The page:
When people think about classic science fiction film from the seventies and eighties, their answers are usually something like Blade Runner, Alien, or Star Wars. But what is that little gem silently sitting behind all of these loud, special effects laden sci fis? That, my friends, is Stalker, a highly philosophical, slow moving, and strangely peaceful science fiction film that forces major viewer introspection.
In the not too distant future, an area in Soviet Russia called the Zone is blocked off by police and military after people have been mysteriously disappearing after entering. The origins of the Zone are unknown with possible solutions being a meteorite or invisible aliens. There is a room in the Zone that if you enter it, your inner most wish will be granted. Now, a person who can successfully navigate the Zone, a Stalker (Alexander Kaidanovsky), must take a Professor (Nikolai Grinko) and a Writer (Anatoly Solonitsyn) to the room, but he soon learns that these two aren’t his run of the mill customers.
The philosophies of Stalker are both personal and mysterious. By the end of the movie, Tarkovsky has not given his audience a clear answer with an ending that might be one of the most baffling of all time. I sat for a long time thinking about what all of this could mean and what Tarkovsky was trying to say. There’s religious symbolism, governmental criticism, and interpersonal relationship theories that all clash into some sort of amorphous conclusion.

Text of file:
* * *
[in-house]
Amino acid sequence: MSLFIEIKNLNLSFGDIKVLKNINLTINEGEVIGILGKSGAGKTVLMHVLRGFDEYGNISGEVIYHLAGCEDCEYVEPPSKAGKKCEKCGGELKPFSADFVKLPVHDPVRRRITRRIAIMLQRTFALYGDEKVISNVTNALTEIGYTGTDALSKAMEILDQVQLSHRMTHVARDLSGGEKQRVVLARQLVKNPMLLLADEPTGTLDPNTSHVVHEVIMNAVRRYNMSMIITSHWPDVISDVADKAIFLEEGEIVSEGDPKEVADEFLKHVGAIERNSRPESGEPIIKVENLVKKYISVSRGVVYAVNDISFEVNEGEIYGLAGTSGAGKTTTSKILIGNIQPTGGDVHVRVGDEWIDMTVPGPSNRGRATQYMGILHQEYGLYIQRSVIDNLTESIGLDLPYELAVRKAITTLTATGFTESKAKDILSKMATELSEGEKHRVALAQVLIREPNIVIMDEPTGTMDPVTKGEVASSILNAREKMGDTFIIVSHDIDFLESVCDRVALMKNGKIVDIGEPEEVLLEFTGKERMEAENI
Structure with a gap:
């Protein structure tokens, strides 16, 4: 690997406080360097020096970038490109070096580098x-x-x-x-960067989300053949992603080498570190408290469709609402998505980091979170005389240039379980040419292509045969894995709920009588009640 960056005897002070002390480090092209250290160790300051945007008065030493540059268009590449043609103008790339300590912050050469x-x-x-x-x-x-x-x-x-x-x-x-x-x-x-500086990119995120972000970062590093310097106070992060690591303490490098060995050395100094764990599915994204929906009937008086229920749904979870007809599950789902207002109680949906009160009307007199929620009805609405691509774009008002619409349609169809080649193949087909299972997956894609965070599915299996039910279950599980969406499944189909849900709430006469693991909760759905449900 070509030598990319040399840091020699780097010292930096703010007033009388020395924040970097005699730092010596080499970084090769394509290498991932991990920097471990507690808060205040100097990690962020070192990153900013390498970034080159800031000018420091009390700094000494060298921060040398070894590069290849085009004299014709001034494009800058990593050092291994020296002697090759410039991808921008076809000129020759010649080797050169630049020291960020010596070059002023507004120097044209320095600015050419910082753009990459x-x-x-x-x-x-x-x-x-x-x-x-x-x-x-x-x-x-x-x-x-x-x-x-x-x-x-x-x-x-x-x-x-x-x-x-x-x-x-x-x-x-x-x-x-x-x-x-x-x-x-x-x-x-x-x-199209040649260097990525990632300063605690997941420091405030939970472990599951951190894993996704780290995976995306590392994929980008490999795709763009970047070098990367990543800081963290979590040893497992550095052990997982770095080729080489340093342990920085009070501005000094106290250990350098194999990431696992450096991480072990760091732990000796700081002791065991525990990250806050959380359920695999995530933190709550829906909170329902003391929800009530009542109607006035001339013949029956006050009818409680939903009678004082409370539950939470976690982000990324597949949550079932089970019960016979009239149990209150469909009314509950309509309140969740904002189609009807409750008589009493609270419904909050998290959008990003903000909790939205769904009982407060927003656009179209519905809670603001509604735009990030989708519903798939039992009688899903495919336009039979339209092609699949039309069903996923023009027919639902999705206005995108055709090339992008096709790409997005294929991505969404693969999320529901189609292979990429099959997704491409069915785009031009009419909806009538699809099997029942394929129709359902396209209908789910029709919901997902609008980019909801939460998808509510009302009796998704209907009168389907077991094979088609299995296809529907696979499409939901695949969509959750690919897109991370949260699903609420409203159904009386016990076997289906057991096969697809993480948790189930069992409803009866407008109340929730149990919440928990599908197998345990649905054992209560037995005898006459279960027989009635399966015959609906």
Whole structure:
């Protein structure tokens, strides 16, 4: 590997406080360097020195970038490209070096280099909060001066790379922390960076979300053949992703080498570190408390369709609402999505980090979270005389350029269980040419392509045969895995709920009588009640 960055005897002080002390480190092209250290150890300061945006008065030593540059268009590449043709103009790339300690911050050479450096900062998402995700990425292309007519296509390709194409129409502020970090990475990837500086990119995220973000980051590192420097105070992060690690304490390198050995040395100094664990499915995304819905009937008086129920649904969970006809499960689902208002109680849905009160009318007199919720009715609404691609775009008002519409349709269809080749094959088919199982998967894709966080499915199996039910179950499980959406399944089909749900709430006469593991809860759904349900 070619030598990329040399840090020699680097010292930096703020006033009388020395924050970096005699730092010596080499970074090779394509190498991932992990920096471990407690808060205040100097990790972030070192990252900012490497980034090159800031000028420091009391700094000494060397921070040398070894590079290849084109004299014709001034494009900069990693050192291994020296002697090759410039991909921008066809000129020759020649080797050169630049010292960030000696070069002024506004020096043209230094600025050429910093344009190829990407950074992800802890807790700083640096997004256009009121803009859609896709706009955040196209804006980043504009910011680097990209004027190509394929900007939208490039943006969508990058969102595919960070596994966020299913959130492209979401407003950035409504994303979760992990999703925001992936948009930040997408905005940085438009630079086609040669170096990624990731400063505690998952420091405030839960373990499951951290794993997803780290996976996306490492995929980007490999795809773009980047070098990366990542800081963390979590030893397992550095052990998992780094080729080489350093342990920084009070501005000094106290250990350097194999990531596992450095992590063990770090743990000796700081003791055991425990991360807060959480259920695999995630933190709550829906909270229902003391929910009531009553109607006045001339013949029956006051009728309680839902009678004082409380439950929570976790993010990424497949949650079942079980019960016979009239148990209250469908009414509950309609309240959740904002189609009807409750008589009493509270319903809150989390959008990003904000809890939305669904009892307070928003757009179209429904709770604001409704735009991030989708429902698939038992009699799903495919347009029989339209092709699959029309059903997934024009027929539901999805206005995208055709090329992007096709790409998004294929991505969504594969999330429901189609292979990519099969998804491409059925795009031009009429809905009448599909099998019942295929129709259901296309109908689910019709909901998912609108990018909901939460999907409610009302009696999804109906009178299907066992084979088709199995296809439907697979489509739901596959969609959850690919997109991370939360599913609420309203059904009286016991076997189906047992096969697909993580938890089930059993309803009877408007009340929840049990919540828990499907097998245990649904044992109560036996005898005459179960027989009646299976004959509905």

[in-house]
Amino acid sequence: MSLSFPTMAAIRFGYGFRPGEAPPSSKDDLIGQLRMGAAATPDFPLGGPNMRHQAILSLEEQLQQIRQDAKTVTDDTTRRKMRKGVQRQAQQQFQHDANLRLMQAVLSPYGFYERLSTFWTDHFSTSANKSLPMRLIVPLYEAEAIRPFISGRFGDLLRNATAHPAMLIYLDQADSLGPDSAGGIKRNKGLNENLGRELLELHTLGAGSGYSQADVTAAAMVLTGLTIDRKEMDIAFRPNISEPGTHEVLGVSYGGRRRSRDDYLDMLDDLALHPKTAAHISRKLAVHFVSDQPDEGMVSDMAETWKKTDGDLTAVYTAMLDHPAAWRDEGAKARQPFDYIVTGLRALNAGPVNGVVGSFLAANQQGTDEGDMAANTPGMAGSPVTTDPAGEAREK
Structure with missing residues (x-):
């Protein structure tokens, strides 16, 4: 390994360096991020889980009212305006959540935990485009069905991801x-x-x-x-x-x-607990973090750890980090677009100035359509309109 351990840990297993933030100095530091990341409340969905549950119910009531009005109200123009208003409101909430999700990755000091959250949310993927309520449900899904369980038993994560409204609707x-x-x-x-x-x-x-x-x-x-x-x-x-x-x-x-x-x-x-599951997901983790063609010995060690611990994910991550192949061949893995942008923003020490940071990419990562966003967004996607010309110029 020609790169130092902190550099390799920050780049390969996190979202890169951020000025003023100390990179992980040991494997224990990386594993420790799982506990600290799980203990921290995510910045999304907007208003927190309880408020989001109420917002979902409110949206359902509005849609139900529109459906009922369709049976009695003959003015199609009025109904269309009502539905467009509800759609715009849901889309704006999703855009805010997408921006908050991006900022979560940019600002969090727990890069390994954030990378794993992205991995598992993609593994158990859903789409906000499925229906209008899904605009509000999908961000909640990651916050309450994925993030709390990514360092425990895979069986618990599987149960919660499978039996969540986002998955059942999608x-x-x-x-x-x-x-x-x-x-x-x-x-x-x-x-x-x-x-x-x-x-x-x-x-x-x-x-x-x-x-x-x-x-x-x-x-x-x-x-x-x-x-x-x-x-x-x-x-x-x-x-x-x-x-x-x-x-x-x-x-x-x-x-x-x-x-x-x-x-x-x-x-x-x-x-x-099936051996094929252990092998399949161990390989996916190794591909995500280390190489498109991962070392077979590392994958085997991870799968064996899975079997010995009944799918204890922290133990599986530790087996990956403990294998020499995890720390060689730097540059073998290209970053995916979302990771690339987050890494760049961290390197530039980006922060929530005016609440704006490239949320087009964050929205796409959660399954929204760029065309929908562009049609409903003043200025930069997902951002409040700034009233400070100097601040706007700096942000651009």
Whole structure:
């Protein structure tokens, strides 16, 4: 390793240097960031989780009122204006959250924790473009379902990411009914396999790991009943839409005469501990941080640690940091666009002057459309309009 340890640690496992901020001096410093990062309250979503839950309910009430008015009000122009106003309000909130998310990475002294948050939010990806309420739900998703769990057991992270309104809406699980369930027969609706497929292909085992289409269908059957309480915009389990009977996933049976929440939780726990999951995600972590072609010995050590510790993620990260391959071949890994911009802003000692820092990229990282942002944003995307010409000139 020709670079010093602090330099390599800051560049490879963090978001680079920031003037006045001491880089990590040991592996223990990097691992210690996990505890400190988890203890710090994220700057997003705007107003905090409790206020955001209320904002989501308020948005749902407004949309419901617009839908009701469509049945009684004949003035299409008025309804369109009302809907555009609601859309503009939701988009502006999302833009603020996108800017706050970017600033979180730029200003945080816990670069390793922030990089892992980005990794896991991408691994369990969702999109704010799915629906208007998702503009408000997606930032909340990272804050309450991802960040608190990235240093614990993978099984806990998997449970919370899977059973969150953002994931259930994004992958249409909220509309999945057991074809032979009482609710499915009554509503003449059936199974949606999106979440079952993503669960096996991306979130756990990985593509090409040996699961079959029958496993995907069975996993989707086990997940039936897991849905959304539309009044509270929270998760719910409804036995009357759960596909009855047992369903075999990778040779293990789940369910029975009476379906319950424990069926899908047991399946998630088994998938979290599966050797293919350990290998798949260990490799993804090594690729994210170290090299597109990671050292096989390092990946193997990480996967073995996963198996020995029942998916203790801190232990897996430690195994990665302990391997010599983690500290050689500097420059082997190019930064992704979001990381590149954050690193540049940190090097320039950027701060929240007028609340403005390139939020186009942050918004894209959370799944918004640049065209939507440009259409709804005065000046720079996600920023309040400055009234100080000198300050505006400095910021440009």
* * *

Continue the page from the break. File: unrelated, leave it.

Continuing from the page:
That being said, this is a very difficult movie. This is a film that you and your friends can talk about for hours after seeing it and still begin to realize more and more of what it was about. Is the story meant to be taken literally or figuratively. The characters and dialogue are some of the deepest that I’ve ever seen and I could easily relate to them, but at the same time, I had trouble understanding them. That begs the question: If I can relate to these characters on a personal level, but can’t understand them, what does that say about me? Like I said before, the viewer is forced to examine themselves after watching Stalker, but they may not like what they find.
I’ve already mentioned the pacing, but I think that it is one of the most key aspects to this movie’s success. To some, Stalker will be way too slow and will bore them easily. Others will find it to be a very relaxing pace and perfectly appropriate for this kind of movie. What’s the rush? The main plot is an attempt to traverse a barren, foreign landscape. Why not take the time to appreciate it. Underneath the surface is the philosophy, which, like the landscape, must be appreciated slowly and deliberately.
The scenery of the Zone is almost like another character. Each scene has a completely different feeling, but always lingers a sense of uneasiness. Andrei Tarkovsky does a great job making the normal feel supernatural. There are no fancy tricks or effects here. The most fancy effect in the whole movie is the transitioning between sepia and color. Everything else was simply crafted through technique, mood, and set design. This just goes to show that not every sic fi movie has to have the budget of Transformers to look cool. In fact, I’d make the argument that Stalker is exponentially cooler than ANYTHING Michael Bay has ever released…ever.
I can easily put Stalker on my list of favorite movies (which will be coming eventually). The pacing and philosophy are matched perfectly with the scenery and the characters. Not only that, but the story was absolutely captivating. Be warned before going into this movie: it is incredibly slow. That being said, the pacing should not stop you from losing yourself in the Zone.